Consumer confidence in solar ‘key’ to FITs survival

Government is wrong to cut the Feed-In Tariff (FIT) in the way it did but bad practice in the solar industry needs addressing, according to a new report.

Released today (December 12) the Consumer Focus report Keeping FIT is published on the day the subsidies are cut by about 50%.

While the report finds many problems with the way the Government has cut FITs it also voices concerns about ‘misleading’ sales practices, a ‘lack’ of information from some solar panel installers and raises issues about the difficulties it found in registering and payment process for the tariff itself.

The report, while recognising the case for a reduction in the level of the subsidy, states that Consumer Focus is ‘concerned at the speed’ of the changes.

Using this new evidence that consumers are finding it difficult to register for the FIT, Consumer Focus has asked Government to at the least apply changes to the tariff on the basis of contract date, not registration date.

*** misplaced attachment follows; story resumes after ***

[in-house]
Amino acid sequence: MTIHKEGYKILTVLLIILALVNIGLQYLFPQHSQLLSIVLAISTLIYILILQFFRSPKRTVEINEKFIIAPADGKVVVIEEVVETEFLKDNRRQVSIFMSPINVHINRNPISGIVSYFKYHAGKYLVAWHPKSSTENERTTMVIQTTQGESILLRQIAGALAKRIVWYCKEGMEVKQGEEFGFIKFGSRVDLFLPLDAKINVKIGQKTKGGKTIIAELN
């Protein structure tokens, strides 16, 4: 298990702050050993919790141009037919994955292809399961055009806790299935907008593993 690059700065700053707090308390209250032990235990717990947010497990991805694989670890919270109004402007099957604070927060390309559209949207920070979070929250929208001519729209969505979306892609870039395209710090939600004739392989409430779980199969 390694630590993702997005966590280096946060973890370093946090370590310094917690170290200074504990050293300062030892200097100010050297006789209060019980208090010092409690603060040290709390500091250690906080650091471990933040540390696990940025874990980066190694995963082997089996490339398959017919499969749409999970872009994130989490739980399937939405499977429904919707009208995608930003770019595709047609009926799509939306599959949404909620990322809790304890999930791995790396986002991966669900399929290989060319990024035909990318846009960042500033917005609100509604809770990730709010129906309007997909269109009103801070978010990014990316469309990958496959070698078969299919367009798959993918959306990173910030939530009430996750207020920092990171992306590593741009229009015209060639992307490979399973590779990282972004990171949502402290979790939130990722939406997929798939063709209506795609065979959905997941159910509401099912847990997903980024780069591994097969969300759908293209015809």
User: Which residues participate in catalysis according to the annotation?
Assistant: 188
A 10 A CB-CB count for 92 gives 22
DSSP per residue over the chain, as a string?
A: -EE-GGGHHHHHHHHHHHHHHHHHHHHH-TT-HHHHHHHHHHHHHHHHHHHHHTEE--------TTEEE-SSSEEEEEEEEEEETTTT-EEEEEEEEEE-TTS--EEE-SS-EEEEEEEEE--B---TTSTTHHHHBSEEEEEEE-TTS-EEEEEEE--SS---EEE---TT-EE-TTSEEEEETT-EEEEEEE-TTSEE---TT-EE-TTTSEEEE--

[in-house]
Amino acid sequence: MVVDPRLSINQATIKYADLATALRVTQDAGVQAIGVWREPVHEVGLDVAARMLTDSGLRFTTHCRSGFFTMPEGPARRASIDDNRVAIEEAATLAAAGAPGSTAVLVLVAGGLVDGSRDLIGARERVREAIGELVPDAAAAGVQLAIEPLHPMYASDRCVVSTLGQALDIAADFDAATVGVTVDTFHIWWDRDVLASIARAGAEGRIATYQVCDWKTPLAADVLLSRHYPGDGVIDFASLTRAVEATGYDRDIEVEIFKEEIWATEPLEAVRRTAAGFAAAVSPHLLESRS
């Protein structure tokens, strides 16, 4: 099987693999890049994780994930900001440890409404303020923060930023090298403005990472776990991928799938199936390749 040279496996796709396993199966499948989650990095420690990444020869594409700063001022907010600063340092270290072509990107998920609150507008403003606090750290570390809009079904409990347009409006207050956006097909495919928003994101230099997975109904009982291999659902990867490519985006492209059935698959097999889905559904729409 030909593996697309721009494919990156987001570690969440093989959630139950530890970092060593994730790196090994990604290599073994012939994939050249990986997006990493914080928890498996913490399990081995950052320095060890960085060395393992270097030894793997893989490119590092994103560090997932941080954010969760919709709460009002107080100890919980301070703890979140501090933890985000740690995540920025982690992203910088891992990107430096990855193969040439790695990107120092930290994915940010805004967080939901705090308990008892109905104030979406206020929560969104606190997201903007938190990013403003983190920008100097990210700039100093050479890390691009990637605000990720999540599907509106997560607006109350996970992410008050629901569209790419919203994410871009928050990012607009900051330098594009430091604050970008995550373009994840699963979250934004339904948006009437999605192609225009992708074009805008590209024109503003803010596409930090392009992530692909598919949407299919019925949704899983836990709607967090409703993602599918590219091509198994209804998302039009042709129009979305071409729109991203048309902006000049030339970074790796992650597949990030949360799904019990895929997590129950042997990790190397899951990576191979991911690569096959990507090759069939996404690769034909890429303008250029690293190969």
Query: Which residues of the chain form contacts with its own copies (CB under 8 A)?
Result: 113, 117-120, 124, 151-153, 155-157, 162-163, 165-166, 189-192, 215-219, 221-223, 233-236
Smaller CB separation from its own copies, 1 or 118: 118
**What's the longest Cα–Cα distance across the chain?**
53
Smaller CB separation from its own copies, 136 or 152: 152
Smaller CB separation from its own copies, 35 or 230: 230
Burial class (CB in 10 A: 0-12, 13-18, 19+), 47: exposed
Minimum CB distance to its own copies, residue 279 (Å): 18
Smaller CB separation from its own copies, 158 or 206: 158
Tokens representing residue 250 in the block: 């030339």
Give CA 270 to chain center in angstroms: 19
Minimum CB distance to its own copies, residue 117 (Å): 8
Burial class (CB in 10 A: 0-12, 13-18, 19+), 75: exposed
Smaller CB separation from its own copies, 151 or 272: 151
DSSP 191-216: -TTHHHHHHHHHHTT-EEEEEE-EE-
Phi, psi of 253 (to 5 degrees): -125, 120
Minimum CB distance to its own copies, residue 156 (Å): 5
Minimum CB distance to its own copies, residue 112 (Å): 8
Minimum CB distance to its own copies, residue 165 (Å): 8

This, the group argues, would help prevent consumers who signed contracts before the review, failing to get the returns they expected due to reasons beyond their control such as delays in paperwork or installation.

The watchdog also urged the Government to learn lessons from the scheme and apply them to the development of other plans to help people cut their energy use, such as the Green Deal and a domestic Renewable Heat Incentive.

Consumer Focus energy expert, Liz Lainé, said: “People seem generally very satisfied with the FIT scheme, however our research shows there are some worrying flaws that need to be ironed out.

“Consumer confidence, trust and good word of mouth is key to the on-going success of this scheme.

“Consumers will get a lower FIT from now so it is even more important industry and government improves the non-financial aspects such as stopping misselling and improving the tariff registration process.

“People also need help to maximise the amount of money they get back into their pockets through better advice on the system, energy efficiency and energy use from installers.”

Luke Walsh

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